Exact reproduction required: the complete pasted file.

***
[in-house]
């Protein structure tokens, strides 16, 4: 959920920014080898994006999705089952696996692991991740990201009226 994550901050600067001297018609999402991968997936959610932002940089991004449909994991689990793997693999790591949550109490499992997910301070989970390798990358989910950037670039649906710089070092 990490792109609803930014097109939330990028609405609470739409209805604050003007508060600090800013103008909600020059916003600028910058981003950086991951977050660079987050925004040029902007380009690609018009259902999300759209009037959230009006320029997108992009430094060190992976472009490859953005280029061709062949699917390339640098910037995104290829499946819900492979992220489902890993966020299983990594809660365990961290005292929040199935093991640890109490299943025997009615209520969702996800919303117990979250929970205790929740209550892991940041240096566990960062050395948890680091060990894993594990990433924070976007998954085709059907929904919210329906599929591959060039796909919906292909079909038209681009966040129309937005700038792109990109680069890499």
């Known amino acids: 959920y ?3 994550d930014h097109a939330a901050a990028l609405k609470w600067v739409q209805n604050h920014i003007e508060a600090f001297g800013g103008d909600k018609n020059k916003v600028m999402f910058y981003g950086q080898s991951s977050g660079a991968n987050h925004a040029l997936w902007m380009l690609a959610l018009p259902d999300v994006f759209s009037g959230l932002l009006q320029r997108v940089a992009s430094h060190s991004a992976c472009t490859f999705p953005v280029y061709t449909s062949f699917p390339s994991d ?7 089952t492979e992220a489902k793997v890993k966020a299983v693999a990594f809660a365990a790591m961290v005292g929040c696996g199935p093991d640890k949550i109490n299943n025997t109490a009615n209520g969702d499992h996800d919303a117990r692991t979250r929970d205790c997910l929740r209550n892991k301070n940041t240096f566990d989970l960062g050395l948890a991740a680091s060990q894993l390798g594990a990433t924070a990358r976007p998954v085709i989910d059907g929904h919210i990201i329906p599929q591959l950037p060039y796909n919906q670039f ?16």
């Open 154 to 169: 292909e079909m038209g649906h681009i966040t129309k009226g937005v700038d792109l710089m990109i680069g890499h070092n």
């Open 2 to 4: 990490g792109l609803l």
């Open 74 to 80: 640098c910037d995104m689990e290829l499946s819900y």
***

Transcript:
[in-house]
């Protein structure tokens, strides 16, 4: 959920920014080898994006999705089952696996692991991740990201009226 994550901050600067001297018609999402991968997936959610932002940089991004449909994991689990793997693999790591949550109490499992997910301070989970390798990358989910950037670039649906710089070092 990490792109609803930014097109939330990028609405609470739409209805604050003007508060600090800013103008909600020059916003600028910058981003950086991951977050660079987050925004040029902007380009690609018009259902999300759209009037959230009006320029997108992009430094060190992976472009490859953005280029061709062949699917390339640098910037995104290829499946819900492979992220489902890993966020299983990594809660365990961290005292929040199935093991640890109490299943025997009615209520969702996800919303117990979250929970205790929740209550892991940041240096566990960062050395948890680091060990894993594990990433924070976007998954085709059907929904919210329906599929591959060039796909919906292909079909038209681009966040129309937005700038792109990109680069890499």
């Known amino acids: 959920y ?3 994550d930014h097109a939330a901050a990028l609405k609470w600067v739409q209805n604050h920014i003007e508060a600090f001297g800013g103008d909600k018609n020059k916003v600028m999402f910058y981003g950086q080898s991951s977050g660079a991968n987050h925004a040029l997936w902007m380009l690609a959610l018009p259902d999300v994006f759209s009037g959230l932002l009006q320029r997108v940089a992009s430094h060190s991004a992976c472009t490859f999705p953005v280029y061709t449909s062949f699917p390339s994991d ?7 089952t492979e992220a489902k793997v890993k966020a299983v693999a990594f809660a365990a790591m961290v005292g929040c696996g199935p093991d640890k949550i109490n299943n025997t109490a009615n209520g969702d499992h996800d919303a117990r692991t979250r929970d205790c997910l929740r209550n892991k301070n940041t240096f566990d989970l960062g050395l948890a991740a680091s060990q894993l390798g594990a990433t924070a990358r976007p998954v085709i989910d059907g929904h919210i990201i329906p599929q591959l950037p060039y796909n919906q670039f ?16």
């Open 154 to 169: 292909e079909m038209g649906h681009i966040t129309k009226g937005v700038d792109l710089m990109i680069g890499h070092n």
């Open 2 to 4: 990490g792109l609803l």
């Open 74 to 80: 640098c910037d995104m689990e290829l499946s819900y």